VA mortgages are not for everyone, but they are the best mortgages for many people. Ask yourself these questions, or simply have a mortgage lender run the numbers and help you request your Certificate of Eligibility.
- Do I want to buy or refinance a moderately priced home? VA home loans were not created to help millionaires buy mansions. While there is no government-mandated maximum loan amount, there is a limit on the amount that the government will guaranty. Most (but not all) lenders set their guidelines so that for loans exceeding $144,000, the maximum loan amount is four times the amount of the VA’s guaranty.
- Can I document my income? VA mortgages are fully-documented mortgages, which mean you’ll have to supply proof of income (W-2s and pay stubs and / or tax returns) with your application.
- Is the home I want to buy or refinance my primary residence? VA mortgages cannot be used to buy rental property or vacation homes. You can, however, rent out the other units of a duplex, triplex, or four-plex as long as you live in one unit. Veteran must certify that they intend to occupy the home as their principal residence and move in within 60 days of closing. Your spouse can usually satisfy the occupancy requirement if you’re on active duty. If not married and on active duty, you must occupy the home within 12 months. Intermittent occupancy by single veterans is typically not acceptable, and family members, friends and relatives cannot satisfy the occupancy requirement on your behalf.
- Will I be putting less than 20 percent down on a home purchase, or refinancing with less than 20 percent home equity? Conventional (non-government) home loans exceeding 80 percent of your home’s value require private mortgage insurance (MI), which you must qualify for and pay for. The VA mortgage guaranty is paid for upfront with a funding fee, which you can pay out of pocket or add to your loan amount. The funding fee may be waived for disabled vets.
- Would I like to refinance and take cash out? VA allows cash-out refinancing to 100 percent of your home’s value (most lenders, however, limit cash-out refinancing to 90 percent). Most conventional programs (and FHA as well) limit cash-out refinancing to 85 percent or less. In addition, the added fees for cash-out refinancing with conventional lenders can run to several points, depending on your loan-to-value and your credit score. A VA mortgage may cost less. Note: all non-VA-to-VA refinancings are considered “cash-out,” even if you’re just paying off an old mortgage. In addition, free-and-clear homes cannot be refinanced with VA mortgages.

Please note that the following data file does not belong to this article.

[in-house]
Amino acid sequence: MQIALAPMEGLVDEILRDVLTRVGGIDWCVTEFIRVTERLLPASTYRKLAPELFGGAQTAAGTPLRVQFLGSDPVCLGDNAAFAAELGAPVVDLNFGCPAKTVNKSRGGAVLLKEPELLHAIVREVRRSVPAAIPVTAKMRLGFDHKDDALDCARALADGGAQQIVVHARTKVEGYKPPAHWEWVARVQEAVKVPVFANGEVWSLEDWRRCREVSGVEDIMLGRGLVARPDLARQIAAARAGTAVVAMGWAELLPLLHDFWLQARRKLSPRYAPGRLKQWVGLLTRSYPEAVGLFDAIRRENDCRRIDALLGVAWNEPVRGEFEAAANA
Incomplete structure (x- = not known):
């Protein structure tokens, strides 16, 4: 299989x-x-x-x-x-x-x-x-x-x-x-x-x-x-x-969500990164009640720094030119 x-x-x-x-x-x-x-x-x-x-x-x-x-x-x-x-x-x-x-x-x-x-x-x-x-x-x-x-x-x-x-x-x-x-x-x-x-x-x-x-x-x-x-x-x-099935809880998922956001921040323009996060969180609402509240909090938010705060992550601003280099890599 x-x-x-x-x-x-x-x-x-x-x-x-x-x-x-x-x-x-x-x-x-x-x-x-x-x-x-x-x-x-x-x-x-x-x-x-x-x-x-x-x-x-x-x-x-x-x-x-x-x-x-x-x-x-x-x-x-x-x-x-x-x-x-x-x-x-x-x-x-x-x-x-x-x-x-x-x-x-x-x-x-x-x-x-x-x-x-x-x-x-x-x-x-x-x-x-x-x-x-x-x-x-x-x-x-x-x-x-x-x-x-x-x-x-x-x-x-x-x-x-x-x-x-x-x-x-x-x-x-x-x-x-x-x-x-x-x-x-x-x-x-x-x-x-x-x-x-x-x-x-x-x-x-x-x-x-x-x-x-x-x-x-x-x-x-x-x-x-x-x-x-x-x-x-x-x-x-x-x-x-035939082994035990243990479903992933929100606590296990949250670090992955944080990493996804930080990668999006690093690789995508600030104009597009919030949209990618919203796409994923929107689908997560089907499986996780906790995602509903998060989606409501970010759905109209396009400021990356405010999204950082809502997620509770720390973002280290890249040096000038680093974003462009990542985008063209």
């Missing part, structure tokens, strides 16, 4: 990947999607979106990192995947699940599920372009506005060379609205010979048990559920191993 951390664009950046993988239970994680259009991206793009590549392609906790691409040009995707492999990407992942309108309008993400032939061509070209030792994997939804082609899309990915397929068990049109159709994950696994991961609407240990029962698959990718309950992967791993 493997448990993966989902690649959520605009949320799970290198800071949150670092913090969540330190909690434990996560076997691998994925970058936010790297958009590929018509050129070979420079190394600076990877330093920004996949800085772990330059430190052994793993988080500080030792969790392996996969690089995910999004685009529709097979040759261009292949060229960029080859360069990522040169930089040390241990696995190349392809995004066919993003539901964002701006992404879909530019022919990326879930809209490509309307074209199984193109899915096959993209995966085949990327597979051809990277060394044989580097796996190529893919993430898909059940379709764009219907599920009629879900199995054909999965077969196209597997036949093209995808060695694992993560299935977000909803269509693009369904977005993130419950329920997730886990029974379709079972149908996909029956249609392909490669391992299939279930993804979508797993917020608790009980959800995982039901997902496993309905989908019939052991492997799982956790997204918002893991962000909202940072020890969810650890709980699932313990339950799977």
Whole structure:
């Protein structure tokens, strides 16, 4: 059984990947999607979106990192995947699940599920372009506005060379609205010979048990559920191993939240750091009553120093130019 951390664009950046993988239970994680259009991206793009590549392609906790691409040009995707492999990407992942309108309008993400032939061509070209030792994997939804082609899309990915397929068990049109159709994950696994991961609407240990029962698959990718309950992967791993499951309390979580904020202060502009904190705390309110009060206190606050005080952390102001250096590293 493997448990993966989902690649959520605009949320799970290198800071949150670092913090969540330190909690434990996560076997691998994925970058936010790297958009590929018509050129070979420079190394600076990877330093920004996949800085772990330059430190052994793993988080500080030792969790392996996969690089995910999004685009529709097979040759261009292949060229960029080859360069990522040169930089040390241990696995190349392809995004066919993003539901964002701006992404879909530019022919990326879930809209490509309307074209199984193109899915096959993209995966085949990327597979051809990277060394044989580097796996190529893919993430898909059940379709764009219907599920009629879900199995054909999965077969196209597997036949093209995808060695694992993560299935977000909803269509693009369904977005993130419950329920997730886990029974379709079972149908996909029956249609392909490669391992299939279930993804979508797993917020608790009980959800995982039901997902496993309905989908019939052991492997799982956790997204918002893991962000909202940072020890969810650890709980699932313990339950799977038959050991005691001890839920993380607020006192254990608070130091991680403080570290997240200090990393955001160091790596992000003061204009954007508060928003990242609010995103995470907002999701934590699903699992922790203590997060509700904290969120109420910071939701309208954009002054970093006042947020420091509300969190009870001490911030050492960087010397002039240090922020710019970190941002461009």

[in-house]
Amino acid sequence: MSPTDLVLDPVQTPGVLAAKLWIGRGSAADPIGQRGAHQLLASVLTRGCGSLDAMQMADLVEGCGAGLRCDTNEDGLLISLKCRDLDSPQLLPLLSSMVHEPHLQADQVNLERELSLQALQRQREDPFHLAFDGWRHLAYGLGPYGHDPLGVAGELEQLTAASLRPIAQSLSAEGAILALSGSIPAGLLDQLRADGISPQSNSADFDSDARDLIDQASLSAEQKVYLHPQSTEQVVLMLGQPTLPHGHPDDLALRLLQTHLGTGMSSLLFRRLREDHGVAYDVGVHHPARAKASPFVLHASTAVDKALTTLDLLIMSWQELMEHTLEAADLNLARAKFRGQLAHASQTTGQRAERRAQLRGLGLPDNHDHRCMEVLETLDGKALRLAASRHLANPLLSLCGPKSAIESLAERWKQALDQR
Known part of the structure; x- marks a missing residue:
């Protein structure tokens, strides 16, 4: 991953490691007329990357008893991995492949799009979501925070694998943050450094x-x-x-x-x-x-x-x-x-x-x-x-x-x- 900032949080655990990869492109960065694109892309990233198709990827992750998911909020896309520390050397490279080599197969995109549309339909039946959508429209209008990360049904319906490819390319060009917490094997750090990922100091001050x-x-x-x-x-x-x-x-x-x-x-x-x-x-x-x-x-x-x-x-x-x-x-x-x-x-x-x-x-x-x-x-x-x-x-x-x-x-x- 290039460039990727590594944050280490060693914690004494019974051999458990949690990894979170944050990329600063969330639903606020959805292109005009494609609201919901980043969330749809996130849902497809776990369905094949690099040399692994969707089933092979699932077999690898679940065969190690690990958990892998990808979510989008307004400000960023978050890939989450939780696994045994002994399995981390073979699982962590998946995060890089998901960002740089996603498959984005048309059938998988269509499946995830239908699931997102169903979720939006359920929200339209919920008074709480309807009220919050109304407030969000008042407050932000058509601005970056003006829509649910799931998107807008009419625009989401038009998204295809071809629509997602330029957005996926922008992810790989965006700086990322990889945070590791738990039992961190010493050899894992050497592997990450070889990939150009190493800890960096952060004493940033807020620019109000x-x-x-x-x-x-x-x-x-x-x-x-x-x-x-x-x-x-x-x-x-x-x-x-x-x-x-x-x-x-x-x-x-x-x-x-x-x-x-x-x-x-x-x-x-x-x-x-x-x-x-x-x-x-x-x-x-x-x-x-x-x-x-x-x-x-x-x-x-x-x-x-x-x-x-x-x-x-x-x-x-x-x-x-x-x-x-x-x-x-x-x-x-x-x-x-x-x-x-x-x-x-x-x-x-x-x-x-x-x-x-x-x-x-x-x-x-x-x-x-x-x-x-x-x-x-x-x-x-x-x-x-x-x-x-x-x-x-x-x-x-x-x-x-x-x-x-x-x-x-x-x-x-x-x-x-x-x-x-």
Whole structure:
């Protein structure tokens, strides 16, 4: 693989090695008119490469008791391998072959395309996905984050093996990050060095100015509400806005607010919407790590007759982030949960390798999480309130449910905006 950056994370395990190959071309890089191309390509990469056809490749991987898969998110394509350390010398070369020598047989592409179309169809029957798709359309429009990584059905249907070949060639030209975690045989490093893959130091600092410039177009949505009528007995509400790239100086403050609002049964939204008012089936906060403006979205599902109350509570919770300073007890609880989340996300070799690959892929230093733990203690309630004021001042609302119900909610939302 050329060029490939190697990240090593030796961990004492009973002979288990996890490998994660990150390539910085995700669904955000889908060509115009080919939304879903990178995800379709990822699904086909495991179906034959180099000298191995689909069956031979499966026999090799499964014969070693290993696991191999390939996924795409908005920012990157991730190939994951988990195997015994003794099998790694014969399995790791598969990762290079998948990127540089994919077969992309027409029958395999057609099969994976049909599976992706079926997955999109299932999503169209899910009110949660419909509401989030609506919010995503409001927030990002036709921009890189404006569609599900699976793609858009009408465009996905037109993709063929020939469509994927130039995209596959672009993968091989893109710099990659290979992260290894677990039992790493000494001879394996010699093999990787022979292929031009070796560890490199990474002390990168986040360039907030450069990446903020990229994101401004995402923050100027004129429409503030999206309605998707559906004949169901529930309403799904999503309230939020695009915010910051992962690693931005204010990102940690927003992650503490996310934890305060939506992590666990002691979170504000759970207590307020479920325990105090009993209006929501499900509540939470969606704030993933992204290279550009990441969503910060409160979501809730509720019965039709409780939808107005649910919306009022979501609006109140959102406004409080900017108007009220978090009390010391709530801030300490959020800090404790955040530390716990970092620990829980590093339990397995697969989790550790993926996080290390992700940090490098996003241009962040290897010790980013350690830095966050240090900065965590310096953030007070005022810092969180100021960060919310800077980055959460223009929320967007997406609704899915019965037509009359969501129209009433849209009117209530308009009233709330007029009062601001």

- Do I expect mortgage rates to have increased by the time I sell my home? VA mortgages are assumable, which mean that your home’s buyer might be able to take over your loan (you’ll need to get approval from the VA or your lender before putting your home on the market). Thebuyer does not have to be a veteran. If your rate is lower than what’s available when you sell, this assumability can make your home more desirable.
- Do I need a little extra help qualifying for my mortgage? VA underwriting guidelines are more flexible than those of most conventional mortgage lenders. For example, if you filed for Chapter 7 bankruptcy protection, you’ll need to wait four years in most cases to qualify for a conventional Fannie Mae or Freddie Mac loan (two years if underwriters feel it was caused by factors beyond your control – this is rare). You’d be eligible for VA financing in only two years, and possibly even sooner if you could prove that the bankruptcy was not your fault. In addition, VA mortgage lenders impose no minimum credit score requirements.